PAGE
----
The decision of the civil society organisations to go ahead with the proposed October 5 rally in support of the protest against the shifting of the Deputy Commissioner’s office to Chümoukedima is likely to dampen the political excitement generated by the scheduled visit of M Venkaiah Naidu, the Vice-President of India to Nagaland.
By Imna Longchar, TFM Nagaland Special Correspondent
The government of Nagaland and the Civil Society Organizations (CSOs) Core Committee have so far failed to clinch a deal in connection with the shifting of Deputy Commissioner’s Office, Dimapur to the new complex at Chümoukedima in spite of Monday’s meeting held in Kohima.
The new development is likely to dampen the excitement over the Vice-President of India, M Venkaiah Naidu’s three-day visit to Nagaland.
Speaking to this correspondent, the convener of CSOs Core Committee Kuhoi Zhimo said that even before the outcome of the emergency meeting held in Kohima with the state government, the pasting of posters on vehicles including three-wheelers in Dimapur in order to create awareness about the issue began on Monday.
If the government of Nagaland failed to intervene on a positive note, the demands and protests of the Dimapur citizens could continue. The same cannot be compromised, Kuhoi said. He also pointed out that the CSOs had no objection to the functioning of the already created ADC office in the new DC complex in Chümoukedima.
What the CSOs demanded was based on their displeasure over taking away many departments from the present office (location) in Dimapur to “a far-flung area which is not acceptable”.
Informing that if the Nagaland government responds to its demand positively, they “would be happy” as there are no issues related apart from shifting of the DC’s office to Chumoukedima.
He said, “Though the present DC office has been neglected for years without any renovations, the shifting of the same office should be within the municipal areas (judicial) and not under any village council (s) which is not appropriate.”
Kuhoi also pointed out that the state government should not undermine Dimapur as it is the only commercial hub of the state and also one of the highest revenue-generating city in the Northeast.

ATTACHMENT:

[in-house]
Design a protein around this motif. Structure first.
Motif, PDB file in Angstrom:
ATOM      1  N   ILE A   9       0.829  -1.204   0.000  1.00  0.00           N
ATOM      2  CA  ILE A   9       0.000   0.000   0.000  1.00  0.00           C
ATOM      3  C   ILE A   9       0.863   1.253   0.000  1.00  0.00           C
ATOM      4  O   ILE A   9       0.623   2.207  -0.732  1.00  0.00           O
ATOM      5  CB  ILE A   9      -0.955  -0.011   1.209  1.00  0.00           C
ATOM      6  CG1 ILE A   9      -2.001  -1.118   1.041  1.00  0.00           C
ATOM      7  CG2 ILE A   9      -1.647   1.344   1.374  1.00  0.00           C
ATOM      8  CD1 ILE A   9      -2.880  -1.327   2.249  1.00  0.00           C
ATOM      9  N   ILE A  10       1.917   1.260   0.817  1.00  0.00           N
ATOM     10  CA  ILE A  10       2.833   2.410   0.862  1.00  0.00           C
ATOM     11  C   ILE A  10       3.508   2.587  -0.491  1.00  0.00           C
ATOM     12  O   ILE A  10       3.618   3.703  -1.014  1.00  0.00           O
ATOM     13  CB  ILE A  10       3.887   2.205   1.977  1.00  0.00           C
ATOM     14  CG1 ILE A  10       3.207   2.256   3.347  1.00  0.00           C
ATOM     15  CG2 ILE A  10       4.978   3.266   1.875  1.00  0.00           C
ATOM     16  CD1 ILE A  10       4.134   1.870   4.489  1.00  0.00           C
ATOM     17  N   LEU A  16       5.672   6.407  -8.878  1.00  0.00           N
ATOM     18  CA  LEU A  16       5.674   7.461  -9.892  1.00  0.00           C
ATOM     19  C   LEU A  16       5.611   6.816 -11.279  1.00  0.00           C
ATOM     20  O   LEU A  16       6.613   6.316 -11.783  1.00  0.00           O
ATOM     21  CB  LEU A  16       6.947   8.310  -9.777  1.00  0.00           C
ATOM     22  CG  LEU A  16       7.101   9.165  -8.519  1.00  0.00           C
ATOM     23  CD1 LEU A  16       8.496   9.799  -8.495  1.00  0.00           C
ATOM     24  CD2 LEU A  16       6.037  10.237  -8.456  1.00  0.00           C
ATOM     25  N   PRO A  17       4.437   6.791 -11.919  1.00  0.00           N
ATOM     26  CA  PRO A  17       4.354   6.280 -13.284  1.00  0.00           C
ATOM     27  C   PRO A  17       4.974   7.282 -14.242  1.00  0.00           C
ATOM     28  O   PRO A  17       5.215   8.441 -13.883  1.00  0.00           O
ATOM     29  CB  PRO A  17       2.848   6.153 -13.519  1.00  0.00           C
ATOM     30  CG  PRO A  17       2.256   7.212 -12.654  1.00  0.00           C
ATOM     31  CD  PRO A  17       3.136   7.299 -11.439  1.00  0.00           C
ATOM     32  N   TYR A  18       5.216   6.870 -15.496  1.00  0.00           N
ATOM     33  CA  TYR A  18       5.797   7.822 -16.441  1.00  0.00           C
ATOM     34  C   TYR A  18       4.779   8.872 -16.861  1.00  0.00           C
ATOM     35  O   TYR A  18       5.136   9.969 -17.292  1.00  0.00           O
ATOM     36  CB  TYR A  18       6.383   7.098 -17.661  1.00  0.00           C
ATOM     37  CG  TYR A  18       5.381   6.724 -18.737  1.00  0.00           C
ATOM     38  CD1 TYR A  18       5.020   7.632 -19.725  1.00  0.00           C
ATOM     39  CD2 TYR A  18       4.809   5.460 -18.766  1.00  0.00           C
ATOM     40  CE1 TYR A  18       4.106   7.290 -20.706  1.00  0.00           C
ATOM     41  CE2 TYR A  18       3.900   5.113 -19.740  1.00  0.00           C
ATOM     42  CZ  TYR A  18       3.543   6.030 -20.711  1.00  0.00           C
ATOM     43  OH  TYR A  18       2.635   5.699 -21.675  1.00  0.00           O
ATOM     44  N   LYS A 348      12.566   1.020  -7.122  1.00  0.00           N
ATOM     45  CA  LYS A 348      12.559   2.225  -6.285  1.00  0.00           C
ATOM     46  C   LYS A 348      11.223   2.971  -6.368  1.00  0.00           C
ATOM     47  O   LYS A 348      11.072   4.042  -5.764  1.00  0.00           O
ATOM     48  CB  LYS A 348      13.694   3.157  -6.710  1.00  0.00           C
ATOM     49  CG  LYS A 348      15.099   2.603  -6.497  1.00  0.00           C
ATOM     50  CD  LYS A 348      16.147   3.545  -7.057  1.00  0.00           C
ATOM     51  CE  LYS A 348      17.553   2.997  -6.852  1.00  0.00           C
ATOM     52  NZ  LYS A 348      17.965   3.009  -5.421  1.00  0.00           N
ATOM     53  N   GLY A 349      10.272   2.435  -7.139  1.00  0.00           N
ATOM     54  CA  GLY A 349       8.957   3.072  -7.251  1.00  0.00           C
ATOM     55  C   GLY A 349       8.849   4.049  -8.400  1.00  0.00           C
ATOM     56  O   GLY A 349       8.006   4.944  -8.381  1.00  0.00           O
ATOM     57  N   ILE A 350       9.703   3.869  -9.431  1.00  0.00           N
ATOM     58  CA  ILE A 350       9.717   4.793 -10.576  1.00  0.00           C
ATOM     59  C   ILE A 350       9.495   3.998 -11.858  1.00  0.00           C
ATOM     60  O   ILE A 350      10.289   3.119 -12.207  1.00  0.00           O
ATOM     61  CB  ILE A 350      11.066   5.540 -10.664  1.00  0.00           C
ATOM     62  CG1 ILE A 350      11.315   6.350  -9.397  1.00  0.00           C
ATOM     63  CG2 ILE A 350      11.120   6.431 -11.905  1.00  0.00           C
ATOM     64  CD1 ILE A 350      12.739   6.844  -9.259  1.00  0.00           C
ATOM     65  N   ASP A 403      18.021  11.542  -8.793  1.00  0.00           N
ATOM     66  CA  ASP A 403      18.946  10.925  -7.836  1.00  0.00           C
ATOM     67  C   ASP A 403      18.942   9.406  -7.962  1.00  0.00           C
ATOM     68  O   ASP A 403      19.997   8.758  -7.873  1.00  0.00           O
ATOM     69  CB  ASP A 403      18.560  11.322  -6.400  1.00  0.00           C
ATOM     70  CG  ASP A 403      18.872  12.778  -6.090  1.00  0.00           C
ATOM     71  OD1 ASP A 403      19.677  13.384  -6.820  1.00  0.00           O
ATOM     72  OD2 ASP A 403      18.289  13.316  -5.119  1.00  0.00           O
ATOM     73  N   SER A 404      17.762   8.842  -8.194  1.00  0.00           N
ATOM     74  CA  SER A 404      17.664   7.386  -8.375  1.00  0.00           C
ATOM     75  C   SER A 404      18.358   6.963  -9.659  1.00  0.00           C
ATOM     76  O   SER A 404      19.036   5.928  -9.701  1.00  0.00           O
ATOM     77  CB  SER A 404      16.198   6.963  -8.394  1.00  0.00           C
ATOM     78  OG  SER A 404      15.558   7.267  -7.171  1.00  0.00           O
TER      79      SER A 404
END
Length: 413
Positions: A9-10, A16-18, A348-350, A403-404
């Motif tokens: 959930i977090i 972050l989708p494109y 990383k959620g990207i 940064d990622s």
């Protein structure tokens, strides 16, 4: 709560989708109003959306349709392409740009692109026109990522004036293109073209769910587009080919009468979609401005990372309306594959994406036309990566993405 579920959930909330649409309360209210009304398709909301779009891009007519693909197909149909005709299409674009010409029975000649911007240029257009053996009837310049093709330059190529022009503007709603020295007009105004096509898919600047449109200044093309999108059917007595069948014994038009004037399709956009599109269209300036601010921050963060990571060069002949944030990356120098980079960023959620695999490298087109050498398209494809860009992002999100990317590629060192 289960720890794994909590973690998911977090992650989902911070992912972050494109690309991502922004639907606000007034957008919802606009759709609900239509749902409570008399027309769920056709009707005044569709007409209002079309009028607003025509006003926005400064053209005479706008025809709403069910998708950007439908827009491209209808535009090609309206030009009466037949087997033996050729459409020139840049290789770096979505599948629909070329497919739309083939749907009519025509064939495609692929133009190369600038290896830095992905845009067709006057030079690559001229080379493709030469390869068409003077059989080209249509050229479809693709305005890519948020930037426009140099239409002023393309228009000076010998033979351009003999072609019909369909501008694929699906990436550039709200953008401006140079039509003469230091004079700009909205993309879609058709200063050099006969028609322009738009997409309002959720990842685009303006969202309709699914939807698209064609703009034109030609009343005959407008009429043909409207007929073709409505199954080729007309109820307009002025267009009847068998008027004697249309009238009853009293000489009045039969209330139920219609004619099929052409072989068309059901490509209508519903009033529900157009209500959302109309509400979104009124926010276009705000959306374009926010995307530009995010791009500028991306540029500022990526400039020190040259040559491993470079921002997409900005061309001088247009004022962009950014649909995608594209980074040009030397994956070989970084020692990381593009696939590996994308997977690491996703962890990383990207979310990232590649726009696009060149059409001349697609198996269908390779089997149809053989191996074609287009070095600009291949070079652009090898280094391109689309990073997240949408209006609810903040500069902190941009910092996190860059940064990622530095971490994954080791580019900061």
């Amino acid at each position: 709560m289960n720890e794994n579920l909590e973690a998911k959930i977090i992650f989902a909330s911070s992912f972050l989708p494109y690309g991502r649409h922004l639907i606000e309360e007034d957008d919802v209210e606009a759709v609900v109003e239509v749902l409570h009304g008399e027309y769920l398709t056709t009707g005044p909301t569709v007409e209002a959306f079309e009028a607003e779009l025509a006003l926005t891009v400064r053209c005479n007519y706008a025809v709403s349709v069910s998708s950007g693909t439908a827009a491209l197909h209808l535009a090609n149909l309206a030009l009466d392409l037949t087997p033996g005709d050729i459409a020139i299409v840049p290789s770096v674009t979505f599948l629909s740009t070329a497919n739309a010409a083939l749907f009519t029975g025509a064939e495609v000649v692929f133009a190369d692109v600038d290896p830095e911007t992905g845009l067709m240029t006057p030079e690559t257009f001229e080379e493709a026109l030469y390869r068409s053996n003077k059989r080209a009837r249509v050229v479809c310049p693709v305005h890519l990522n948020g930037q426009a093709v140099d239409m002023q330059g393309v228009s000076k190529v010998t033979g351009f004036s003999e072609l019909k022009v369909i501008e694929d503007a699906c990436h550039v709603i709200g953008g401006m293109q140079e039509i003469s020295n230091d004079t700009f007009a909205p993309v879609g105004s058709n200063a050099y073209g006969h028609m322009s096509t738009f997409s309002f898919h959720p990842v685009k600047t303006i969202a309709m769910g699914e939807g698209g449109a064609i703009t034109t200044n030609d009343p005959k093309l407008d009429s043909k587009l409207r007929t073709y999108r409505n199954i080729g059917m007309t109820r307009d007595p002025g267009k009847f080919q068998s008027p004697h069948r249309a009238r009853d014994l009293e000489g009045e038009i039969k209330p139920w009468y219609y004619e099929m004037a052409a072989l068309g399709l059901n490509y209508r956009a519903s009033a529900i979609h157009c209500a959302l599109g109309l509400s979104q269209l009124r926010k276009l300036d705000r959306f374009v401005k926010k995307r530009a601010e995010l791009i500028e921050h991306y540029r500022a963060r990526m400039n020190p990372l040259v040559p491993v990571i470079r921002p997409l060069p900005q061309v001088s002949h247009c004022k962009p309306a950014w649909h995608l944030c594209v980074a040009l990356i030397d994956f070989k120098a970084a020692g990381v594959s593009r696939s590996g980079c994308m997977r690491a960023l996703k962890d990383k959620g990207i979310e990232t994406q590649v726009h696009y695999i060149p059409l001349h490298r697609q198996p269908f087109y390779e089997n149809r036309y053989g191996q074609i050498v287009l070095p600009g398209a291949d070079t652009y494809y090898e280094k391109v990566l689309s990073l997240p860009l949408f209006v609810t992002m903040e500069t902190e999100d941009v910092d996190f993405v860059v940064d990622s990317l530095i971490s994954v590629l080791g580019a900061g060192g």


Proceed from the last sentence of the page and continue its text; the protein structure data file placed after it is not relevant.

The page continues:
Questioning the Nagaland government why “step-motherly treatment” had to be given to Dimapur district, where there is no issue of “isms” but everyone irrespective of tribes or community co-existed together peacefully, the CSO core committee convener informed that Dimapur is under Mouza No.1 to 3 urban or municipal areas under Dimapur Deputy Commissioner’s jurisdiction.
He also alleged that “a non-Mouza” area under village councils is “dictating” and that this was not acceptable as the government’s revenue cannot be generated elsewhere except the municipal areas
Kuhoi said that when the offices of the Deputy Commissioner and the Commissioner of Police are located in the main area, “how could they control from a distance which is around 10 km away from the main area”.
He explained that “a common commuter has to catch a bus till the main road (7th Mile) and then catch an auto (hire) even to the Transport office” and added that the public had to face the brunt of inconveniences even for registering names for procuring a driving license.
He later informed that the proposed rally would start at 9 am from Holy Cross Junction, Dimapur, and not from Clock Tower Junction as notified earlier and then proceed to DC’s office to remind its earlier ultimatum served on the DC Dimapur.
Meanwhile, when contacted, Principal Secretary (Home), Nagaland Abhijit Sinha, informed this correspondent that Deputy Chief Minister Y Patton, who is also in charge of Home, will have a sitting with the five MLAs from Dimapur on Tuesday to discuss the same issue.
Sinha also said that nothing has been “finalized” during Monday’s meeting but he hoped that a concrete outcome will be arrived at when the five MLAs meet and discuss the issue.
On the proposed rally on October 5, the principal home secretary said that the department is aware of the peaceful rally which has been conveyed to the state government and hoped that it would be held “peacefully.”